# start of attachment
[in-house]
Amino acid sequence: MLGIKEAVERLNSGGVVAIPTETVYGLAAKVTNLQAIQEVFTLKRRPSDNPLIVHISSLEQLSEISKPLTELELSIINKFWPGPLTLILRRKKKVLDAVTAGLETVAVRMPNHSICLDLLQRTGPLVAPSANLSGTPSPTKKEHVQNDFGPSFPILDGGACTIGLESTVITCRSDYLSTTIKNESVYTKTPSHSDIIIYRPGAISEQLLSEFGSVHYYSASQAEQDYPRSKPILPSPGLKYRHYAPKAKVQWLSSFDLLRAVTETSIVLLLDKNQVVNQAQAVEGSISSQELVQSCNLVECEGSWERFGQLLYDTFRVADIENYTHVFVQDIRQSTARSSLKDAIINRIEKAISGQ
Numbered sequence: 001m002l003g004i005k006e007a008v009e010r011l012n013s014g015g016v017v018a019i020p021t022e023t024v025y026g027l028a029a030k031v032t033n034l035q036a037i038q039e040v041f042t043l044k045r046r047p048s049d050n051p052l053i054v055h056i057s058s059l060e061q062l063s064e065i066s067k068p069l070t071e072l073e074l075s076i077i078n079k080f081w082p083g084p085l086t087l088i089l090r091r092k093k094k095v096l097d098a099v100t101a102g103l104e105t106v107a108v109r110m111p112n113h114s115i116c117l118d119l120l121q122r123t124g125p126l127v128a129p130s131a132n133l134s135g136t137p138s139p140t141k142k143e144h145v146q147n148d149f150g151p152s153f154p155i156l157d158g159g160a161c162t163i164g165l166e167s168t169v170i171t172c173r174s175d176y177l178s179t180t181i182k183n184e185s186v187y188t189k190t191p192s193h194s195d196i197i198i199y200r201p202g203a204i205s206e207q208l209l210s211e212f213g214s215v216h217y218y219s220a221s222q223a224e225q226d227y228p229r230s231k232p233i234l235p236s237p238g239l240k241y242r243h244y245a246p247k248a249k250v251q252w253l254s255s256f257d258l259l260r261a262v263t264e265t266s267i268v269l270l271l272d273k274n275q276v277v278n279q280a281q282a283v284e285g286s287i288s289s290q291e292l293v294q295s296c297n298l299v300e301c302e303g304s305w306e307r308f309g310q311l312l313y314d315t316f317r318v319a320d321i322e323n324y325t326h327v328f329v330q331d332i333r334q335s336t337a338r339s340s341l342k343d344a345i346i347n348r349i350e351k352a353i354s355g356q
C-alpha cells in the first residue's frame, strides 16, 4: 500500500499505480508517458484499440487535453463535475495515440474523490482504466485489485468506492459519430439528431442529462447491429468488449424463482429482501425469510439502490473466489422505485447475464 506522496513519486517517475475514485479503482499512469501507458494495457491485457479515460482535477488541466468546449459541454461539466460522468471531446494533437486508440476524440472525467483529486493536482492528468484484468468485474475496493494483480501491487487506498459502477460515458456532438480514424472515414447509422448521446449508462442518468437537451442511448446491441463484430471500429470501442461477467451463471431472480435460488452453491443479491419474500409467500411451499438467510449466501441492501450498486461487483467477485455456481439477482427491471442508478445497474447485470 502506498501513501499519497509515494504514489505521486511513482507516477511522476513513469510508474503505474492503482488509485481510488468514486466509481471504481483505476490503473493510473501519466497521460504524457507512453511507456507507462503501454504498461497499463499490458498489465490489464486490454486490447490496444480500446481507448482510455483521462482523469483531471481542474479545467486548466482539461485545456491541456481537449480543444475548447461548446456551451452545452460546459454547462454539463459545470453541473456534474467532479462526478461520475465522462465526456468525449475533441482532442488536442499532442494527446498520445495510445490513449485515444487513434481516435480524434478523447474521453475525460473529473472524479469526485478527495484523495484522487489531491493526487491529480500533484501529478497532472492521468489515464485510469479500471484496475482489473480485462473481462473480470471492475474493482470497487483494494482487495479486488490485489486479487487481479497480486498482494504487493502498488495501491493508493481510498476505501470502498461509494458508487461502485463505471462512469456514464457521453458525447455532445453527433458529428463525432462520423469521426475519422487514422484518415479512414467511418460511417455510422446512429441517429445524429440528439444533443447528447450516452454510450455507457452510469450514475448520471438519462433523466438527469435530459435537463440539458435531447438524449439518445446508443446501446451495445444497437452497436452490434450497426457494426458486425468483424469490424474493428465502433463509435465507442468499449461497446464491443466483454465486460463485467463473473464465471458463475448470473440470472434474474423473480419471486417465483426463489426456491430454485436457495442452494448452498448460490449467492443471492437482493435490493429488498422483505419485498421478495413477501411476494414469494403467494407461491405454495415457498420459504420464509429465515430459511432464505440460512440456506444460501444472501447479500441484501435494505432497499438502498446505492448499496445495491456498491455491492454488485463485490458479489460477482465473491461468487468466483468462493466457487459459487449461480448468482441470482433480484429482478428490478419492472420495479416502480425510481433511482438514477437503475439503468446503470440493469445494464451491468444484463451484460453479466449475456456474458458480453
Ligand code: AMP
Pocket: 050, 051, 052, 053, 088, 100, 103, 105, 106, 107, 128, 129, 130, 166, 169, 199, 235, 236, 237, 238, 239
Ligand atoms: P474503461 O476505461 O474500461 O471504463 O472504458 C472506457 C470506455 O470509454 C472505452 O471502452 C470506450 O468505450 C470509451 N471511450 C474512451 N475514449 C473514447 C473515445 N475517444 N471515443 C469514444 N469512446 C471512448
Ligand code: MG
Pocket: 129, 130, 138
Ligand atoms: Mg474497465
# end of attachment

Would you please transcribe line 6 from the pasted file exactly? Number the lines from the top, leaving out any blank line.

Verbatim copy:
Pocket: 050, 051, 052, 053, 088, 100, 103, 105, 106, 107, 128, 129, 130, 166, 169, 199, 235, 236, 237, 238, 239